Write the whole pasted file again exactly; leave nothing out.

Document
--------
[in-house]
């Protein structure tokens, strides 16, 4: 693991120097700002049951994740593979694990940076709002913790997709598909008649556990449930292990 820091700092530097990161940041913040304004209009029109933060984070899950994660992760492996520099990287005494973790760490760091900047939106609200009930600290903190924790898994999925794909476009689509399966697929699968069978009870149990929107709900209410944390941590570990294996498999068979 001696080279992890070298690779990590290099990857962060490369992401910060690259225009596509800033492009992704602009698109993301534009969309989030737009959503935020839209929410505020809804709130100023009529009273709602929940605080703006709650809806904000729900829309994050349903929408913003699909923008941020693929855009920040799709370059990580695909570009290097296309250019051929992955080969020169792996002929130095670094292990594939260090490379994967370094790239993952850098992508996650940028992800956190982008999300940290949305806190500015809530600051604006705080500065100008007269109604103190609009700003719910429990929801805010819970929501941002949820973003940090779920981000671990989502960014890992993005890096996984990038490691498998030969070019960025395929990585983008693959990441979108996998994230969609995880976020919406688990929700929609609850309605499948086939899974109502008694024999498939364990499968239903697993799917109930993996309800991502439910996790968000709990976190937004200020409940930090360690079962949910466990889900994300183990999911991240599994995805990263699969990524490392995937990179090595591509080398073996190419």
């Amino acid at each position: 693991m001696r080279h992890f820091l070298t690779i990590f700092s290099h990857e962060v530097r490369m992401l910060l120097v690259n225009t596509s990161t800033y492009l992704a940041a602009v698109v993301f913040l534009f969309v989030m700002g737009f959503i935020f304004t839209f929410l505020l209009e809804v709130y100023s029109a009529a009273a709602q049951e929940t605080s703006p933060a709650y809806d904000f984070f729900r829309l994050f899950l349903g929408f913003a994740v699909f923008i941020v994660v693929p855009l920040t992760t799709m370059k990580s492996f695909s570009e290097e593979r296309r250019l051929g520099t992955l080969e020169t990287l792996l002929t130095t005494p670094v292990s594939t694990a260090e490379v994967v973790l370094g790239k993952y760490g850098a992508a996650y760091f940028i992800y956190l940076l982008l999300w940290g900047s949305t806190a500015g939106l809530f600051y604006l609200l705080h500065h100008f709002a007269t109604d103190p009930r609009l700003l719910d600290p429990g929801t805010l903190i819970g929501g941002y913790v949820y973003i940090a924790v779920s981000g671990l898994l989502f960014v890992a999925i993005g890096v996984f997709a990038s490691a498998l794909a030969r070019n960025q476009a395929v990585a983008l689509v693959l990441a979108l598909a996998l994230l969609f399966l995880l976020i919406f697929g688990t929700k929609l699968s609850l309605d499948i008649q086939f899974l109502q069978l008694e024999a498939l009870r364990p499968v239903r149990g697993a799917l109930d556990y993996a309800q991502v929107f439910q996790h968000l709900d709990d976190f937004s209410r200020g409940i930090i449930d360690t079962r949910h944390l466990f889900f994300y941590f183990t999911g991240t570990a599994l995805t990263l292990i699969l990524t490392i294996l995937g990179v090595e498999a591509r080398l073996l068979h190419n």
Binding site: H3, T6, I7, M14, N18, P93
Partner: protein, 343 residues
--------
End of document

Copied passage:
[in-house]
């Protein structure tokens, strides 16, 4: 693991120097700002049951994740593979694990940076709002913790997709598909008649556990449930292990 820091700092530097990161940041913040304004209009029109933060984070899950994660992760492996520099990287005494973790760490760091900047939106609200009930600290903190924790898994999925794909476009689509399966697929699968069978009870149990929107709900209410944390941590570990294996498999068979 001696080279992890070298690779990590290099990857962060490369992401910060690259225009596509800033492009992704602009698109993301534009969309989030737009959503935020839209929410505020809804709130100023009529009273709602929940605080703006709650809806904000729900829309994050349903929408913003699909923008941020693929855009920040799709370059990580695909570009290097296309250019051929992955080969020169792996002929130095670094292990594939260090490379994967370094790239993952850098992508996650940028992800956190982008999300940290949305806190500015809530600051604006705080500065100008007269109604103190609009700003719910429990929801805010819970929501941002949820973003940090779920981000671990989502960014890992993005890096996984990038490691498998030969070019960025395929990585983008693959990441979108996998994230969609995880976020919406688990929700929609609850309605499948086939899974109502008694024999498939364990499968239903697993799917109930993996309800991502439910996790968000709990976190937004200020409940930090360690079962949910466990889900994300183990999911991240599994995805990263699969990524490392995937990179090595591509080398073996190419």
């Amino acid at each position: 693991m001696r080279h992890f820091l070298t690779i990590f700092s290099h990857e962060v530097r490369m992401l910060l120097v690259n225009t596509s990161t800033y492009l992704a940041a602009v698109v993301f913040l534009f969309v989030m700002g737009f959503i935020f304004t839209f929410l505020l209009e809804v709130y100023s029109a009529a009273a709602q049951e929940t605080s703006p933060a709650y809806d904000f984070f729900r829309l994050f899950l349903g929408f913003a994740v699909f923008i941020v994660v693929p855009l920040t992760t799709m370059k990580s492996f695909s570009e290097e593979r296309r250019l051929g520099t992955l080969e020169t990287l792996l002929t130095t005494p670094v292990s594939t694990a260090e490379v994967v973790l370094g790239k993952y760490g850098a992508a996650y760091f940028i992800y956190l940076l982008l999300w940290g900047s949305t806190a500015g939106l809530f600051y604006l609200l705080h500065h100008f709002a007269t109604d103190p009930r609009l700003l719910d600290p429990g929801t805010l903190i819970g929501g941002y913790v949820y973003i940090a924790v779920s981000g671990l898994l989502f960014v890992a999925i993005g890096v996984f997709a990038s490691a498998l794909a030969r070019n960025q476009a395929v990585a983008l689509v693959l990441a979108l598909a996998l994230l969609f399966l995880l976020i919406f697929g688990t929700k929609l699968s609850l309605d499948i008649q086939f899974l109502q069978l008694e024999a498939l009870r364990p499968v239903r149990g697993a799917l109930d556990y993996a309800q991502v929107f439910q996790h968000l709900d709990d976190f937004s209410r200020g409940i930090i449930d360690t079962r949910h944390l466990f889900f994300y941590f183990t999911g991240t570990a599994l995805t990263l292990i699969l990524t490392i294996l995937g990179v090595e498999a591509r080398l073996l068979h190419n």
Binding site: H3, T6, I7, M14, N18, P93
Partner: protein, 343 residues